Solar panel bike lanes

A Dutch research group wants to build bike paths and roads with photovoltaic panels embedded into the road surface for solar power generation.

TNO SolaRoad

TNO — a Dutch research group — proposes a prefabricated concrete block with photovoltaic cells built in, with a transparent coating to protect the delicate solar cells from traffic and the elements. These blocks — which they call “SolaRoad” — would be used on Dutch roads to create a huge clean power generating network.

TNO SolaRoad prefab solar pavement

Besides the prospect of creating ‘clean’ energy, one of their primary motivations they list to create these solar pavement blocks is to prevent “landscape pollution” because, you know, highways are such a beautiful part of our visual environment.

TNO wants to start with bike paths to gain experience in using solar power materials in a road bed. There’s significantly less red tape involved when dealing with experimental pavement material for bikes than with cars and trucks. There’s less wear and tear on bike paths as well.

TNO plans to pilot their solar paving blocks on a cycle path in Krommenie, North Holland in the summer of 2012. After they gain developmental experience, they plan to roll this out on the Dutch road and highway network after about 2015.

Info from TNO.NL. Via Alt Transport.

13 Comments

  • February 4, 2011 - 4:40 pm | Permalink

    =v= This approach has been suggested before for roads (or variations like having panels on the bottoms of cars), but soot from exhaust has always been a deal-killer. It could work really well on bike paths. though!

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  • February 4, 2011 - 5:22 pm | Permalink

    Is it me or would that be incredibly slippery? Neat Idea though.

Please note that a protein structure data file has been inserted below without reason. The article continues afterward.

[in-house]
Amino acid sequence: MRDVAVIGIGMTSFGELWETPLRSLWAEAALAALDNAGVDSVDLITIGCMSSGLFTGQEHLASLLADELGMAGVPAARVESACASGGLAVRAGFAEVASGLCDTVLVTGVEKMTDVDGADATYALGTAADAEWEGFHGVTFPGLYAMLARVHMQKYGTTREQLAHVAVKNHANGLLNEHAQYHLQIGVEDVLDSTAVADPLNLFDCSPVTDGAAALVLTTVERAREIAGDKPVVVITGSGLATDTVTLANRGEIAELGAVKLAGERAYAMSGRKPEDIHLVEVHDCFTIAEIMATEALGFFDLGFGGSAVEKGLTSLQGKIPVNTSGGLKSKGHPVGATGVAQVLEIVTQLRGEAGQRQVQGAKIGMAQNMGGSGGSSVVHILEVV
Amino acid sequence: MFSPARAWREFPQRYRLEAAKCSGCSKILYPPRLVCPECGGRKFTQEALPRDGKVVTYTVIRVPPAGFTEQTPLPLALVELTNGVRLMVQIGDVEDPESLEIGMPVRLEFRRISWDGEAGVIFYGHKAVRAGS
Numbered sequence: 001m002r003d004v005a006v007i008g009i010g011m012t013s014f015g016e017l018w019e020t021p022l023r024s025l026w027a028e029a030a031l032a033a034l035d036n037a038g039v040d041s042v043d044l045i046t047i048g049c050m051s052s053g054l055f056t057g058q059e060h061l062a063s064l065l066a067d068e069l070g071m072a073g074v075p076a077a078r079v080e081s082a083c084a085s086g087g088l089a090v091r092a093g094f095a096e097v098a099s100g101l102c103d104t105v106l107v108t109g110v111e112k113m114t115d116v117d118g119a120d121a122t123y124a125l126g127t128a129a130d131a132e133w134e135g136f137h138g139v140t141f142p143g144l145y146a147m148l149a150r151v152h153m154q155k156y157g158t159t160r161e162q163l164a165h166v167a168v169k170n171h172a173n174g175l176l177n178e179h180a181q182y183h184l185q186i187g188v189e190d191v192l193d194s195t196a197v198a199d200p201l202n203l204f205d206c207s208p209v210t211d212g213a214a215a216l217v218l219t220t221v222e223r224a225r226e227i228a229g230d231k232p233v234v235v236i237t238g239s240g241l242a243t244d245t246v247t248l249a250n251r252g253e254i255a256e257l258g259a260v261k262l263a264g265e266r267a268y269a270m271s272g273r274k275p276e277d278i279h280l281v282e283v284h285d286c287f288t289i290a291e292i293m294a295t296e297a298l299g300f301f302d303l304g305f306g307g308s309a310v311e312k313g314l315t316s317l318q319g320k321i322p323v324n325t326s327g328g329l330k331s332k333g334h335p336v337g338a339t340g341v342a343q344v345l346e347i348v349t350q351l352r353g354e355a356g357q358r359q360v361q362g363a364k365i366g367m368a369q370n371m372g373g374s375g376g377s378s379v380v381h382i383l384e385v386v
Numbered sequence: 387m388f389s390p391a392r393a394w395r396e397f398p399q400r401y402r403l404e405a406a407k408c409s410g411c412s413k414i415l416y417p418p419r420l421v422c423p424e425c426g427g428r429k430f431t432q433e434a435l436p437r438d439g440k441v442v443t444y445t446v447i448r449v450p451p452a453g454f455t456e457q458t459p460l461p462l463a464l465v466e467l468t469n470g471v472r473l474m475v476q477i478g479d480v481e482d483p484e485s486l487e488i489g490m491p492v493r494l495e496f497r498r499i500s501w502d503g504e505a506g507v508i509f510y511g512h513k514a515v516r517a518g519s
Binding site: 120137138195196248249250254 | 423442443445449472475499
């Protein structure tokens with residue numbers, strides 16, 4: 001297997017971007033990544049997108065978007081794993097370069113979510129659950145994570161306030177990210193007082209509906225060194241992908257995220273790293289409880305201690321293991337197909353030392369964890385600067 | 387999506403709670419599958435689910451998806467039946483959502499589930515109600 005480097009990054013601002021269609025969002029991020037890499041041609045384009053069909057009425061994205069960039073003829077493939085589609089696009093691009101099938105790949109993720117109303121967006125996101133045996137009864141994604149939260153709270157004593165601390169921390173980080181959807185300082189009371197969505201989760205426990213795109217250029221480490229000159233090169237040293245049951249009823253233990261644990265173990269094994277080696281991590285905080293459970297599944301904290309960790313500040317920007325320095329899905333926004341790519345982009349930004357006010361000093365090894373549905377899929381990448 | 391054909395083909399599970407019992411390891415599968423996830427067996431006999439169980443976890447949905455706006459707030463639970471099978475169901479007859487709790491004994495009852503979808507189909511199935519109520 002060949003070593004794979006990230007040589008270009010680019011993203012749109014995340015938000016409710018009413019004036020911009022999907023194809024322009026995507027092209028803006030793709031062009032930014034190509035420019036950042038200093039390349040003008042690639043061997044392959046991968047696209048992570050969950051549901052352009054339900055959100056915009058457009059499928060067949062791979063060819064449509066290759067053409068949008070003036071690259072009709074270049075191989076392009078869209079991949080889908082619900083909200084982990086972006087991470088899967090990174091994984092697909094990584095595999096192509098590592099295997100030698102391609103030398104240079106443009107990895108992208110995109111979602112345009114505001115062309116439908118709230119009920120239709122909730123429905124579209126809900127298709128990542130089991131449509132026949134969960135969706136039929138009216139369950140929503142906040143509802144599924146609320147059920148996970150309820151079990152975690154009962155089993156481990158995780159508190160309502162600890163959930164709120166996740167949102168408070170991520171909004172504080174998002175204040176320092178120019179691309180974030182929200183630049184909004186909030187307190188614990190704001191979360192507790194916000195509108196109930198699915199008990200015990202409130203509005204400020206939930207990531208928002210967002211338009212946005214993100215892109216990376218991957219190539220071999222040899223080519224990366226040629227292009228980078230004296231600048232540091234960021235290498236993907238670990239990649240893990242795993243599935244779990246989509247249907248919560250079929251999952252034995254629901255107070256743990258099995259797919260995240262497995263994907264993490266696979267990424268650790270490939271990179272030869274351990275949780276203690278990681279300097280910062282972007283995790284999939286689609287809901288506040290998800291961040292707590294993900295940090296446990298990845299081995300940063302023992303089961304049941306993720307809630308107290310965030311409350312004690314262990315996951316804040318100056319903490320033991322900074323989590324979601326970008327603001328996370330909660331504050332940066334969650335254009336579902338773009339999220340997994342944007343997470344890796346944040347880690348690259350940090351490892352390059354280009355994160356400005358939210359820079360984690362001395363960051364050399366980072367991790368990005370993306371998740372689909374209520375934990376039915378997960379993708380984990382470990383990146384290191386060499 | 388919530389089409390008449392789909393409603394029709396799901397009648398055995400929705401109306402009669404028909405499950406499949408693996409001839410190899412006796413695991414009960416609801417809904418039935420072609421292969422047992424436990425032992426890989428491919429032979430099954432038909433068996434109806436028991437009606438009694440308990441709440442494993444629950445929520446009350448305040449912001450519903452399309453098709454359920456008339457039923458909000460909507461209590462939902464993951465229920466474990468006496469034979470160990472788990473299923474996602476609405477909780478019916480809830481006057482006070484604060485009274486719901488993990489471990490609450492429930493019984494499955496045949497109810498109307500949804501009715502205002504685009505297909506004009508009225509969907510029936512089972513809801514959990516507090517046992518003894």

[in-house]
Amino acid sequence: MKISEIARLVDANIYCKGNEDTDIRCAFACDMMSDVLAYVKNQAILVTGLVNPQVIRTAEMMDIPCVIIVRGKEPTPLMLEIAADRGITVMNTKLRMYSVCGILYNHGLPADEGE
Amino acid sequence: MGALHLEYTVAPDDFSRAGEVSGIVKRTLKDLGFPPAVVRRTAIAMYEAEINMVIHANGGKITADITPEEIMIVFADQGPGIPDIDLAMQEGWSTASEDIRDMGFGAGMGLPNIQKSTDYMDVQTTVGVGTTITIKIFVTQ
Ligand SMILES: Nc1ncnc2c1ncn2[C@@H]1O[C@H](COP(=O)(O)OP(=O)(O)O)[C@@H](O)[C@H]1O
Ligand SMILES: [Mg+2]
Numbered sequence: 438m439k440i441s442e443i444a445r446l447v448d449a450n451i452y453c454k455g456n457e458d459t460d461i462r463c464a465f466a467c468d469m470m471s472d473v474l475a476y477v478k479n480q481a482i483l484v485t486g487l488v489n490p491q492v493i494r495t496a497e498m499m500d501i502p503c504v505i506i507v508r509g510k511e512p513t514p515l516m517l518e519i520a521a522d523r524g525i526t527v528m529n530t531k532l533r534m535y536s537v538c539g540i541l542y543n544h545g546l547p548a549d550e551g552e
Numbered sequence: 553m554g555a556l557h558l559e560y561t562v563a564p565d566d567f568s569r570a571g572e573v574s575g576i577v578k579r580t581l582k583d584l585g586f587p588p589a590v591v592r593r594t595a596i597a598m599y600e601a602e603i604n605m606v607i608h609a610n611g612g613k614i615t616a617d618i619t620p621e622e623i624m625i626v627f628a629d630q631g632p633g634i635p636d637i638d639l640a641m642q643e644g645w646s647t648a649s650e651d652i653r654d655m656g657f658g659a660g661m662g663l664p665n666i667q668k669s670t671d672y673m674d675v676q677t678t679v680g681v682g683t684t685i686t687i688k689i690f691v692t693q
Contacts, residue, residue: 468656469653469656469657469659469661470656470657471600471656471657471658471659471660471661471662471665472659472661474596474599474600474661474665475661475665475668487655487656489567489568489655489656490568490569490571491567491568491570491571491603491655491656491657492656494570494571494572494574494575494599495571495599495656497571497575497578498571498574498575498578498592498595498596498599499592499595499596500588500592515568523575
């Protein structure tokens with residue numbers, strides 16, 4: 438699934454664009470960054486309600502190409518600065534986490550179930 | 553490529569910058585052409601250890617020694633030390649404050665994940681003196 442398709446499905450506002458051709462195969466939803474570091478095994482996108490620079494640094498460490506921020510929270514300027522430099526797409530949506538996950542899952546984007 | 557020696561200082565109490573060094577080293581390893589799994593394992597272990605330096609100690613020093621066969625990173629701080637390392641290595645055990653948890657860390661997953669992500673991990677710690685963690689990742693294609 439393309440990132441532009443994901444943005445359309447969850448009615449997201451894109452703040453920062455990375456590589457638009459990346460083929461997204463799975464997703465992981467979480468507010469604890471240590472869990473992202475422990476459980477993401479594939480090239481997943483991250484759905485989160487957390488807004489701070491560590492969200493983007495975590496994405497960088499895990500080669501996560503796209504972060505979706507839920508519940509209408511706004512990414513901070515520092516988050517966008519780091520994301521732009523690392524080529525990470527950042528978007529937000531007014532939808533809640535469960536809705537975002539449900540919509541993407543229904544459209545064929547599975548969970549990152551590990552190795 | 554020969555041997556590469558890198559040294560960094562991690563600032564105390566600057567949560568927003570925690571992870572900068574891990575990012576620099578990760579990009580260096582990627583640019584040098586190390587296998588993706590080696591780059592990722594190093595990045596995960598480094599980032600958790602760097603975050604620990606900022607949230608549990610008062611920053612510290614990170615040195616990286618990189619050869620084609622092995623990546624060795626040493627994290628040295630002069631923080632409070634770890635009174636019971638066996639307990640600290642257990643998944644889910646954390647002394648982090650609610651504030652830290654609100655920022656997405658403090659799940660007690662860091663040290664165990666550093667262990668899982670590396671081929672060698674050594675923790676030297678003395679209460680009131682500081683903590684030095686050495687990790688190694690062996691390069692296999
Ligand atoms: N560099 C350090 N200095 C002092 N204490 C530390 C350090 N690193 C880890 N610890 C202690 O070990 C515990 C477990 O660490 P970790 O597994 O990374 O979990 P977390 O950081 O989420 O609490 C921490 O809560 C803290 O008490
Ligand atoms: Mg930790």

• Andy
    February 4, 2011 - 5:26 pm | Permalink

    I know bikes don’t destroy roads the same, but solar needs light, and unless they plan to sweep the bike path constantly, there’s just going to be grit scraping all over the panels. I can’t wrap my head around how they plan to make this optically transparent enough to collect light after the first day.

  • February 4, 2011 - 6:03 pm | Permalink

    We should have dual duty solar panels that shade sidewalks and or bike lanes. This will encourage more bikes and pedestrians and provide power. Installation could be more but maintenance may be less. You could angle the panels to help shed dust and dirt and water.

    Sunshade in the summer and rain protection in the winter.

  • February 4, 2011 - 6:03 pm | Permalink

    We should have dual duty solar panels that shade sidewalks and or bike lanes. This will encourage more bikes and pedestrians and provide power. Installation could be more but maintenance may be less. You could angle the panels to help shed dust and dirt and water.

    Sunshade in the summer and rain protection in the winter.

  • February 4, 2011 - 8:17 pm | Permalink

    Oh yeah, the grime that collects on surfaces anywhere near a road is unbelievable.

  • February 4, 2011 - 8:18 pm | Permalink

    I’m thinking the same thing. Did you see Google’s study on their PV panel performance before and after cleaning? For completely horizontal panels, cleaning doubled the performance of the solar panels.

  • February 4, 2011 - 8:18 pm | Permalink

    I’m thinking the same thing. Did you see Google’s study on their PV panel performance before and after cleaning? For completely horizontal panels, cleaning doubled the performance of the solar panels.

  • February 4, 2011 - 8:19 pm | Permalink

    I like this idea, and it seems angling to keep them clean is almost required. Putting solar panels on the ground — maybe not such a good idea?

  • February 4, 2011 - 11:14 pm | Permalink

    so how does this handle the snow? perhaps they should test somewhere where there is no snow like my house

  • February 5, 2011 - 12:17 am | Permalink

    I imagine snow and rain are handled poorly, so you’re right — they should install these in California.

  • February 6, 2011 - 8:36 pm | Permalink

    Interesting concept.

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